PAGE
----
I also agree with closing the gaps from short yardages then if you still have room in your bag closing the gaps in the middle/top of your bag.
At the top of my bag I have Dr, 3w, 3h then I get into my irons. I can cover any yardage from 200 to 280 with those 3 clubs (200 to 250 from the fairway). I also have 3 wedges at the bottom of my bag that contains a massive gap from 115-125 that I need to fix.
Saying I should just hit a knock down PW from 115 and buy a clup fill a small gap around 220-230 yards at the top of my bag is insane IMO.
I agree with Terry.
@michsar - I've been looking at new irons and based upon my research, Ping, Mizuno, Titleist haven't changed their loft much but everyone else has or is in the process of doing so.
hi their set up my bag a couple of years ago with driver , 2hybrid then my irons go from 5 down the p has 44 deg loft
wedges 48 (de lofted 52) 52,56,60 so I've got a 30yd gap at the top end thats not as important to me as trying to keep the low end gaps tight
I have gone back + forth on wedges, from 4 to less. I built a chipper by taking a 50* spin milled wedge, bent it to 37* and stuck a putter shaft in it. I use that around the green + chip with a 56* sw + a 51* gap wedge. Depending on the sitch, I sometimes use the Ray Floyd putt-with-your-iron technique, with the 37*. This is my set up now - summer may see the 60* find its way back in.
@mchsar & @GBogey - I've noticed the same thing with those club manufacturers... Sadly, I think a a lot of golfers feel they aren't good enough to play with those clubs or shell out the money for them (especially in the case of Ping irons). I've been playing Titleist clubs for a few years now and can't bring myself to even consider a set of Taylormades or Callaway clubs - I'd rather know that my numbers aren't inflated and be able to feel mishits (even when I get penalized for them).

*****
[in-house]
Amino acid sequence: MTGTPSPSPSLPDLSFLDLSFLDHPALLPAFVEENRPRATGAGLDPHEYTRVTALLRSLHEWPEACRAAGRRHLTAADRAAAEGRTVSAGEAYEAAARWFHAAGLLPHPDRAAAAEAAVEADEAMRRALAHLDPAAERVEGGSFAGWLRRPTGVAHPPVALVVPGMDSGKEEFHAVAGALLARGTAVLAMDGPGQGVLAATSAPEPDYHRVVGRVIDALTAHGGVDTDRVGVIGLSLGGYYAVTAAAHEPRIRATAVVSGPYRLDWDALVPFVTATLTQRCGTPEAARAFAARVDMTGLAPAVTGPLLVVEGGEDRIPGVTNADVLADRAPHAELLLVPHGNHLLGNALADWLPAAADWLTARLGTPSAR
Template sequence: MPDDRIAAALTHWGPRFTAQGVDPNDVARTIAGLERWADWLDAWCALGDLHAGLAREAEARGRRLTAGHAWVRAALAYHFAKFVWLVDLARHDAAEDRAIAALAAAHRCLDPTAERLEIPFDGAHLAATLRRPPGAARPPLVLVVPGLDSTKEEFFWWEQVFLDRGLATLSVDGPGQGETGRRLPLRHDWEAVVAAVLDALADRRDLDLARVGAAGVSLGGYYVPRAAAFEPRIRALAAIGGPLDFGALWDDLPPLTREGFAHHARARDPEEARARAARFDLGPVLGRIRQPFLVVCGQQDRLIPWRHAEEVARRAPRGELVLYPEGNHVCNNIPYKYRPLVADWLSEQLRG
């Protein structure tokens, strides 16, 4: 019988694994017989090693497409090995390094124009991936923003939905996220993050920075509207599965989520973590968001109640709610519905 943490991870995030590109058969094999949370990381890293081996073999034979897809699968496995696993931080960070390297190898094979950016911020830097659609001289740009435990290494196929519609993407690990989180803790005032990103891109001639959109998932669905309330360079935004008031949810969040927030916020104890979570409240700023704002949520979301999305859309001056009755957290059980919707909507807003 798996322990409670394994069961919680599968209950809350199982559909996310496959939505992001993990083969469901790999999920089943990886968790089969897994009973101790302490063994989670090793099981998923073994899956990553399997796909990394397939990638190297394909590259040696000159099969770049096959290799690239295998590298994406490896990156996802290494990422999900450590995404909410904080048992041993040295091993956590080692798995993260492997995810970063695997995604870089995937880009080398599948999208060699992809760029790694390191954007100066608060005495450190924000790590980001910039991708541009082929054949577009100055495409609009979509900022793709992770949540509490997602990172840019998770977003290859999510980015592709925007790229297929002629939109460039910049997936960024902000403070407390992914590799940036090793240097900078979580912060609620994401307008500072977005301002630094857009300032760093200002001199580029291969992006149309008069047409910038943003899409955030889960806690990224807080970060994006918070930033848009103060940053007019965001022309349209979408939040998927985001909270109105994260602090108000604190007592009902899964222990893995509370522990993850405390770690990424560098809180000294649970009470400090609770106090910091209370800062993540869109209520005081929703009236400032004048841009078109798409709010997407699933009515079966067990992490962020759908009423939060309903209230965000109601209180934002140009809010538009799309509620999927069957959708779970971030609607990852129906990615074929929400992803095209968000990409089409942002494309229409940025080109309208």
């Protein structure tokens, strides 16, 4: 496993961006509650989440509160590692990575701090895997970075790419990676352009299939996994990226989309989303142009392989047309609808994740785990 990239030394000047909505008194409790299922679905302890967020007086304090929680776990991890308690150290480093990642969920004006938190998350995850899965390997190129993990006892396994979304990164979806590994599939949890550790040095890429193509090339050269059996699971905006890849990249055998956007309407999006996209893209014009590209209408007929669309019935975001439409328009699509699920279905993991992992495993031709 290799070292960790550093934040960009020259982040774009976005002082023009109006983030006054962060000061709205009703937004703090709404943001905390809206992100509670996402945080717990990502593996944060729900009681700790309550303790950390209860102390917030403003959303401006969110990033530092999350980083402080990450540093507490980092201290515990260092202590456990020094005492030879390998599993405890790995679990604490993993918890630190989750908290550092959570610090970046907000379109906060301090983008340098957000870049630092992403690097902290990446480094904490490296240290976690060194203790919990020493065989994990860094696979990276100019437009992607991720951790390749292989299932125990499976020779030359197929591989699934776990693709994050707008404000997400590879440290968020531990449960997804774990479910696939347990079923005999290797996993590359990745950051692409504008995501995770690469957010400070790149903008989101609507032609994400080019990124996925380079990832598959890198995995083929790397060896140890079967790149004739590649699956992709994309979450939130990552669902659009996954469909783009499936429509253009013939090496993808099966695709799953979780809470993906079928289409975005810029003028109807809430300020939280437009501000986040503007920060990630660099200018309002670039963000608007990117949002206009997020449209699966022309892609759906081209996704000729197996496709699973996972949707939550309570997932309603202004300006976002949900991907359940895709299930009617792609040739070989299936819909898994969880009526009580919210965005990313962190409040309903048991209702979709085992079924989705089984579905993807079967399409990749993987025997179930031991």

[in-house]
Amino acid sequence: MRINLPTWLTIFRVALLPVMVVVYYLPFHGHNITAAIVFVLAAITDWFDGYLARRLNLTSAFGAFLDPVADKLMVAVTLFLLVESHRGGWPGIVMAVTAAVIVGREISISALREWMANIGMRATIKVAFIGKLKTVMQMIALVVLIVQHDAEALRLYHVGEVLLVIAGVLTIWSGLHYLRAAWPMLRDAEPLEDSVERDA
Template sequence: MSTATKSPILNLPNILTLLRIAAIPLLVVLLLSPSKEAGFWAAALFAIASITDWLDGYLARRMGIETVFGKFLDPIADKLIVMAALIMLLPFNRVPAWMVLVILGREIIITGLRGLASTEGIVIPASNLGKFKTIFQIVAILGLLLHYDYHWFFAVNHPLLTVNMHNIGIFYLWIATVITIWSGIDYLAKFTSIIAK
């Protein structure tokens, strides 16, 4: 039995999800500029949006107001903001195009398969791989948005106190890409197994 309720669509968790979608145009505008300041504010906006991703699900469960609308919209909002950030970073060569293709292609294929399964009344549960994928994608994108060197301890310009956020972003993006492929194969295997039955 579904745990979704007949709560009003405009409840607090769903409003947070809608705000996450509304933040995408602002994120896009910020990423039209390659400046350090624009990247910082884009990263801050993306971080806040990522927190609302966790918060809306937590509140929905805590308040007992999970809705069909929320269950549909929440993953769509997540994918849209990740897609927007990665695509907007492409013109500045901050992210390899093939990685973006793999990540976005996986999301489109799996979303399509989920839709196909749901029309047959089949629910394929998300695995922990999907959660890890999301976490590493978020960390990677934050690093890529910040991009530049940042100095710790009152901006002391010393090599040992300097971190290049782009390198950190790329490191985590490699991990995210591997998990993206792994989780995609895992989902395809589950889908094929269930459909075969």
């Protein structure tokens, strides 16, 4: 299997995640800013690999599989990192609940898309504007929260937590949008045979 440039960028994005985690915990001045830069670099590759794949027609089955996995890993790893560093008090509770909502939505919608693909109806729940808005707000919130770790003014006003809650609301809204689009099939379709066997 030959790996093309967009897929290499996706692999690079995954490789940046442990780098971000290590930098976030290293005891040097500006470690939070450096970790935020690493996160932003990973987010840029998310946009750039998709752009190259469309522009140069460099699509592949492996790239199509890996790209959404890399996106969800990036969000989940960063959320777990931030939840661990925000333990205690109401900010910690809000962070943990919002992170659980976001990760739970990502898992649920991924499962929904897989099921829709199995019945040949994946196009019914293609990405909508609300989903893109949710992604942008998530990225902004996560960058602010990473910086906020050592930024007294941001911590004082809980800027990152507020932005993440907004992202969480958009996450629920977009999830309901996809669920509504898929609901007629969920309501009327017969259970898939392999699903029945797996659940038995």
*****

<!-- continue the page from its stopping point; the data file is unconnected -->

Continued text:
Tim Horan says:
I won't say all manufacturers have jacked there lofts...but even Mizuno, (hellishly) Ping (especially) and Titleist (marginally) have jacked down their lofts. Here I am going to make a generalisation...any manufacturer that offers a range of "specialist wedges (48-60+) are going to want you to buy their wedges so they move their irons away from the wedges creating a gap between PW (anything from 43-47 (Mizuno. Ping and Titleist quoted)and any sand wedge (normally around the 56 degree). These gaps were never there but course situations always demanded that golfers adapted and fashioned shots to fill gaps (knock down wedges and 9 irons). It is only in the last 10-15 years that AWs, GWs, LWs have been thrust upon the market - first as a novelty and then as the lofts got jacked down a necessity (almost).
Tim Horan says:
I have kept faithfull to a set of lofts (21 degree for a 3 iron ranging to 48 degree at PW) and each set I buy I buy to those lofts. I adjust within these to close up any playing gaps and I have a four piece (48, 52, 56 and 60 dgree wedge set). The two 48 degree clubs are swapped in and out as they have completely different sole attributes and one is better suited to dry conditions than the other.
It's not just lofts that are being jacked up- shaft length too. Not just drivers- irons are doing the same. Even the lie angles- maybe people are taller, but I suspect it more has to do with artificially helping golfers hit left.
[ post comment ]